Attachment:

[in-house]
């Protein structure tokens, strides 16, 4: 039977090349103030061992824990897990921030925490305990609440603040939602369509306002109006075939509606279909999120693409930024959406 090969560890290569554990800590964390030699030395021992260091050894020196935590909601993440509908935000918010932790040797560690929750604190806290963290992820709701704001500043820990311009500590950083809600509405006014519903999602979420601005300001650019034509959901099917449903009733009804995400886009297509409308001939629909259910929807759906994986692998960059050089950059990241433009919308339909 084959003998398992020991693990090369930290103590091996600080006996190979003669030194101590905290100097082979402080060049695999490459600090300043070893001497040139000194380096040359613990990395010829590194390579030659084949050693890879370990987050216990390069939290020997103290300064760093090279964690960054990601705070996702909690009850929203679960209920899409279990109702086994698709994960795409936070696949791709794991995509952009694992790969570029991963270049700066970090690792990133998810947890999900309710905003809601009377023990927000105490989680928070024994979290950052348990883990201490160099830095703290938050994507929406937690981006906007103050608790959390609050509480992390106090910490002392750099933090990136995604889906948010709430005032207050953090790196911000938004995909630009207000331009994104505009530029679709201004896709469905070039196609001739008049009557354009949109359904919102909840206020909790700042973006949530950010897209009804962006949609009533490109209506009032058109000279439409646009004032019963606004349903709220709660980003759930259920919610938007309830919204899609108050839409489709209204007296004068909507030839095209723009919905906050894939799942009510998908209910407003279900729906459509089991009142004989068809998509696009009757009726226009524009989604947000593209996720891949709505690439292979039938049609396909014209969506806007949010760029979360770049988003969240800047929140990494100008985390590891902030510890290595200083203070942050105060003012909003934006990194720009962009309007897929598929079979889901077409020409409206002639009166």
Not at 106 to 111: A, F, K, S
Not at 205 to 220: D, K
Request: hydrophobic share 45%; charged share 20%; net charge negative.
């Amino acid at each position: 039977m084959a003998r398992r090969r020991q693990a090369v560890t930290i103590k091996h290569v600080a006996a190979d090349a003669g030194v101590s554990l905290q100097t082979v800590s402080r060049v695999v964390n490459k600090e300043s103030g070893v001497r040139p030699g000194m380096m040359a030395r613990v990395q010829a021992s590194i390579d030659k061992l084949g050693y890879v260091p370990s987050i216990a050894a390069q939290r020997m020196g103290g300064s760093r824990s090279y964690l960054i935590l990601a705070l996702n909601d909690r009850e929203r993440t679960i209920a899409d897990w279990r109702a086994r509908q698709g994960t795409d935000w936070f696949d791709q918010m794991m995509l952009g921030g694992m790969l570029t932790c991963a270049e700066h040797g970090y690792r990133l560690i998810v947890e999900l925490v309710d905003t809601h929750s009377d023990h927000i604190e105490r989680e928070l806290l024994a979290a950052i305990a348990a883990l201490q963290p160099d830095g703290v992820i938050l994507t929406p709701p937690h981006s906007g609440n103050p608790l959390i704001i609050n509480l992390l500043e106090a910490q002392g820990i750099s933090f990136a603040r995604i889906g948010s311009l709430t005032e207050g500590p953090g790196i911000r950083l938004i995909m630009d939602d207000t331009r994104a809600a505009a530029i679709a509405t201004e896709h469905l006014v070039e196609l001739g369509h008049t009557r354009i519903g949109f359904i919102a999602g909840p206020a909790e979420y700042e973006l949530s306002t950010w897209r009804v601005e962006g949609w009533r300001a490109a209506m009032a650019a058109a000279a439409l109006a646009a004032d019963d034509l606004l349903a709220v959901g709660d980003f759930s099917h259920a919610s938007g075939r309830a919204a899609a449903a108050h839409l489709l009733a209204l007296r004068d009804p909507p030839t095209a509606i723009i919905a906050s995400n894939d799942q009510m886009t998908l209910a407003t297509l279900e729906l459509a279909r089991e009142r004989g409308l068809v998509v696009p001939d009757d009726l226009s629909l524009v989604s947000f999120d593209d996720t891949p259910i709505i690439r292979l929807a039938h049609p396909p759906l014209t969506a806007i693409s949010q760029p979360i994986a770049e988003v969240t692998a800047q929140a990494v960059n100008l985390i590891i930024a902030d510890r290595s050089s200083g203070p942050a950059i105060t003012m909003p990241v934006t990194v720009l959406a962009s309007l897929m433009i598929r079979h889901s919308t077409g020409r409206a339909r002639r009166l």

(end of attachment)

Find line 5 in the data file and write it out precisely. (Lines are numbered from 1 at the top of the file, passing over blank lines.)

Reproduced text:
Request: hydrophobic share 45%; charged share 20%; net charge negative.